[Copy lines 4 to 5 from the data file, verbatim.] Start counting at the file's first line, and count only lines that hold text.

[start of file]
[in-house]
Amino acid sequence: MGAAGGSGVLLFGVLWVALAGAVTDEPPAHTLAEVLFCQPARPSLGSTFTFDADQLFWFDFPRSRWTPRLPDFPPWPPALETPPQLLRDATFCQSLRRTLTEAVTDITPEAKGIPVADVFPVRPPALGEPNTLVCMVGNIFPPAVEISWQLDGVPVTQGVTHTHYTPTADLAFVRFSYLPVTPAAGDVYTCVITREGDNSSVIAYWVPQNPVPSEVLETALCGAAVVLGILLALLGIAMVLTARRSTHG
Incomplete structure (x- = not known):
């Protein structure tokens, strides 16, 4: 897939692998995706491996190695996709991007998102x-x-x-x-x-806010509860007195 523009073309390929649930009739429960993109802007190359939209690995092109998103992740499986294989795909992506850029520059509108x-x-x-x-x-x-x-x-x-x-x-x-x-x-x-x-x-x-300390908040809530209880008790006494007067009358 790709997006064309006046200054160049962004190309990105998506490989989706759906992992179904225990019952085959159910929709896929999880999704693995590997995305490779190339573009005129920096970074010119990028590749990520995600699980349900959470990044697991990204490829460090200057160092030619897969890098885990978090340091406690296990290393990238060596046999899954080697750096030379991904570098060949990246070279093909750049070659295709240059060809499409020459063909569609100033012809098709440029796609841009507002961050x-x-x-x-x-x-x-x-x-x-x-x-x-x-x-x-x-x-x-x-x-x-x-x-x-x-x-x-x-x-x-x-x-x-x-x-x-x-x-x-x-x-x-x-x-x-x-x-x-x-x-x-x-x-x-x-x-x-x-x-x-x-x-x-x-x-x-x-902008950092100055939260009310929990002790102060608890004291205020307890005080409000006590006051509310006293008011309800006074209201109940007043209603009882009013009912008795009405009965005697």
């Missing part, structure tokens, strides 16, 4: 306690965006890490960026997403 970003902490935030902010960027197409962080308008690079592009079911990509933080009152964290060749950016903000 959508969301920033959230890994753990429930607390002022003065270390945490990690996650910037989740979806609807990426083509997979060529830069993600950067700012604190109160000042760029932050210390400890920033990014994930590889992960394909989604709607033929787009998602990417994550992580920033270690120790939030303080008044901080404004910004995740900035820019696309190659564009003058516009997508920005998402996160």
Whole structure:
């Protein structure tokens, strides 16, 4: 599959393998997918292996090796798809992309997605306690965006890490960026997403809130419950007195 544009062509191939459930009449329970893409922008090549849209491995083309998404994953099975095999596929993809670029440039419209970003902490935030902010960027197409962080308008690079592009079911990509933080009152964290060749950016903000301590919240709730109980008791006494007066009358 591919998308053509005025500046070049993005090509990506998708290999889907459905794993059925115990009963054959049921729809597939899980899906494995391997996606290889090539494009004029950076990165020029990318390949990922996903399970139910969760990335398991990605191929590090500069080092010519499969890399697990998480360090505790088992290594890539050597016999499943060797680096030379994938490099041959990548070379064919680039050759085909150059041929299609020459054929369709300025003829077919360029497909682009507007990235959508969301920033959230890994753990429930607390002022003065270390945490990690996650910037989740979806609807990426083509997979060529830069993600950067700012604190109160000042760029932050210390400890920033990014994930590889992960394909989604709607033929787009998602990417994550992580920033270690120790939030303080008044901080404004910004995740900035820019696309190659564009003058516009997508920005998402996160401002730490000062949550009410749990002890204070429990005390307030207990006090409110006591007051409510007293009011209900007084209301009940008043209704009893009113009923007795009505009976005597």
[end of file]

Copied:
């Protein structure tokens, strides 16, 4: 897939692998995706491996190695996709991007998102x-x-x-x-x-806010509860007195 523009073309390929649930009739429960993109802007190359939209690995092109998103992740499986294989795909992506850029520059509108x-x-x-x-x-x-x-x-x-x-x-x-x-x-x-x-x-x-300390908040809530209880008790006494007067009358 790709997006064309006046200054160049962004190309990105998506490989989706759906992992179904225990019952085959159910929709896929999880999704693995590997995305490779190339573009005129920096970074010119990028590749990520995600699980349900959470990044697991990204490829460090200057160092030619897969890098885990978090340091406690296990290393990238060596046999899954080697750096030379991904570098060949990246070279093909750049070659295709240059060809499409020459063909569609100033012809098709440029796609841009507002961050x-x-x-x-x-x-x-x-x-x-x-x-x-x-x-x-x-x-x-x-x-x-x-x-x-x-x-x-x-x-x-x-x-x-x-x-x-x-x-x-x-x-x-x-x-x-x-x-x-x-x-x-x-x-x-x-x-x-x-x-x-x-x-x-x-x-x-x-902008950092100055939260009310929990002790102060608890004291205020307890005080409000006590006051509310006293008011309800006074209201109940007043209603009882009013009912008795009405009965005697």
């Missing part, structure tokens, strides 16, 4: 306690965006890490960026997403 970003902490935030902010960027197409962080308008690079592009079911990509933080009152964290060749950016903000 959508969301920033959230890994753990429930607390002022003065270390945490990690996650910037989740979806609807990426083509997979060529830069993600950067700012604190109160000042760029932050210390400890920033990014994930590889992960394909989604709607033929787009998602990417994550992580920033270690120790939030303080008044901080404004910004995740900035820019696309190659564009003058516009997508920005998402996160």